The Terrible 2000s: Goodbye and good riddance

As the Terrible 2000s come to a close, it’s fair to say that this has not been a great decade for American workers and workplaces. Consider some of the evidence:

  • Bookend meltdowns — We opened the decade with the dot-com bubble bursting, and we closed it with a catastrophic economic meltdown.  The forces behind greed were once again immune to the lessons of history, and millions are paying the price as a result.
  • Labor — The labor movement, our primary voice for the everyday worker, continues to struggle.  Union membership is largely a public sector phenomenon.  Well under 10 percent of private sector workers enjoy the protections of a collective bargaining agreement.
  • Wages — The wage gap between rich and poor has widened, and the middle class continues to diminish.  Of course, we deny that this has anything to do with the state of the labor movement.
  • Integrity — Even apart from the Great Recession, we saw scandals, corruption, exorbitant executive pay, and pension excesses crossing over the private, public, and non-profit sectors.  What a lousy decade for leadership.
  • Dignity and safety — Too many employers continue to fuel or ignore discrimination, harassment, bullying, and worker safety violations.
  • Toil — Too many workers are toiling at double and triple shifts, because one job is not sufficient to provide a living wage.
  • Retirement prospects — As the population ages, a large proportion of middle aged and older workers are wholly unprepared to finance their retirements.  This was the case well before the markets crashed in 2008.
  • Generations — Older workers are staying in or returning to the labor force because they must.  Younger workers are experiencing difficulty entering it.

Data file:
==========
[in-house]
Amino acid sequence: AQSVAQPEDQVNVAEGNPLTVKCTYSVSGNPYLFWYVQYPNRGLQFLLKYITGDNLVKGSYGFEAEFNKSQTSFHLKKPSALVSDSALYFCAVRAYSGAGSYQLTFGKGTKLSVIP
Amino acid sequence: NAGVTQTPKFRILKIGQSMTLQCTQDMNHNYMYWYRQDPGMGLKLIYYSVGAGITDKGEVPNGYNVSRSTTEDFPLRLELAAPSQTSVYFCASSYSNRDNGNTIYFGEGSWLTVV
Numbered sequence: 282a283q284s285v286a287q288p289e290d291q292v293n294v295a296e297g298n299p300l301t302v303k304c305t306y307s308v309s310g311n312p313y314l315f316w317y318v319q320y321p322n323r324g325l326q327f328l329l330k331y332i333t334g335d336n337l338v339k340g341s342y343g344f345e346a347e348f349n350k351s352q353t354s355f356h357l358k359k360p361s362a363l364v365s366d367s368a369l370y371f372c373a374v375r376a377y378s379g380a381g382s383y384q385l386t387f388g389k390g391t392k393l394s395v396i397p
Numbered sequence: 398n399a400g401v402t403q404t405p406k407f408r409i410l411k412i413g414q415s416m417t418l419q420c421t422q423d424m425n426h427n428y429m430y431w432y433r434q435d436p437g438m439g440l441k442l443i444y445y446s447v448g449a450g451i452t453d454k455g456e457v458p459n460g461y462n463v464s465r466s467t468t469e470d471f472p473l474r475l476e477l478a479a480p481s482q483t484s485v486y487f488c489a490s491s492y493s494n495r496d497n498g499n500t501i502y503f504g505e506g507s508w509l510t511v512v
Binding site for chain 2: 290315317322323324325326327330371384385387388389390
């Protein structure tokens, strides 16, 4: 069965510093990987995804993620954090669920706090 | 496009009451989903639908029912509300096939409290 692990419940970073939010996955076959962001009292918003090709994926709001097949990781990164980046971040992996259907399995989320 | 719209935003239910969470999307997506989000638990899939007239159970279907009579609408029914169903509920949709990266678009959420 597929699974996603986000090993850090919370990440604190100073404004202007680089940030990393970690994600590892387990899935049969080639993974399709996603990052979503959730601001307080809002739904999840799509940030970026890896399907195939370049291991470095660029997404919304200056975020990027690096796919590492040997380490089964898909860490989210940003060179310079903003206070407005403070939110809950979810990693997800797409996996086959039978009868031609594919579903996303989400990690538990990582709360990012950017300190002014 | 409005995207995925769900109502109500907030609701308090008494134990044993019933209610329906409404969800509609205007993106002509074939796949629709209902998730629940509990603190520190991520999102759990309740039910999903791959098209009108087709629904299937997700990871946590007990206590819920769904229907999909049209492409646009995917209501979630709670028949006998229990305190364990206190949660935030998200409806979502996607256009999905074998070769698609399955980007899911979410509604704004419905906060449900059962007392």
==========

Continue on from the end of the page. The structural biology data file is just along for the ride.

• 9/11 — In 9/11, we saw the some of the most horrific acts of workplace violence in our lifetimes.  In the aftermath of 9/11, we failed to take care of the rescue and recovery workers who put their lives and health in jeopardy.  In the wars that followed 9/11, we then failed to give adequate care to veterans suffering from the physical and psychological mayhem of combat.
  • Health care — As the decade comes to a close, the richest nation on earth is long overdue on delivering quality, affordable health care to all who live here.

I apologize for the negativity, but I do not believe in ignoring the bad stuff.  Only by understanding it can we move forward.  I’ll put forth the outline for a more forward looking agenda next week!

6 responses

    • Marie, thanks for the good words. I hope the next 10 years will signal a reversal of so many of these developments! Best, David

  1. Thanks so much for your post, David.

    We can – and must – do so much better than this!

    This is not the world I want to leave to anyone’s children.

    Best wishes for the New Year – and the new decade. We will meet again in 2020 with better news.

    Time to roll up the sleeves a little further.

    Debra Healy
    agree2agree
    Healy Conflict Management Services

    • Debra, thank you, once again, for your good words! I’m sure you’ll be part of the solutions in the years to come. Best, David

  2. David, I might quibble with some of the points, but it is hard to dispute many of the specifics or the fact that there is clearly much that we as a country need to do much better, and what happens in the workplace plays a major role in happens in America. I look forward to your more forward looking agenda. Although no doubt I will quibble (or even more) with some of the methods of getting there, there is likely to be far less difference in what we see as the ultimate goal. I am glad that you have added your voice to the blogosphere. Michael Fox

    • Michael, thank you for your comment. Feel free to quibble or beyond: I welcome your perspective, grounded in insights gained by representing employers, and always accompanied by genuine goodwill. Best, David

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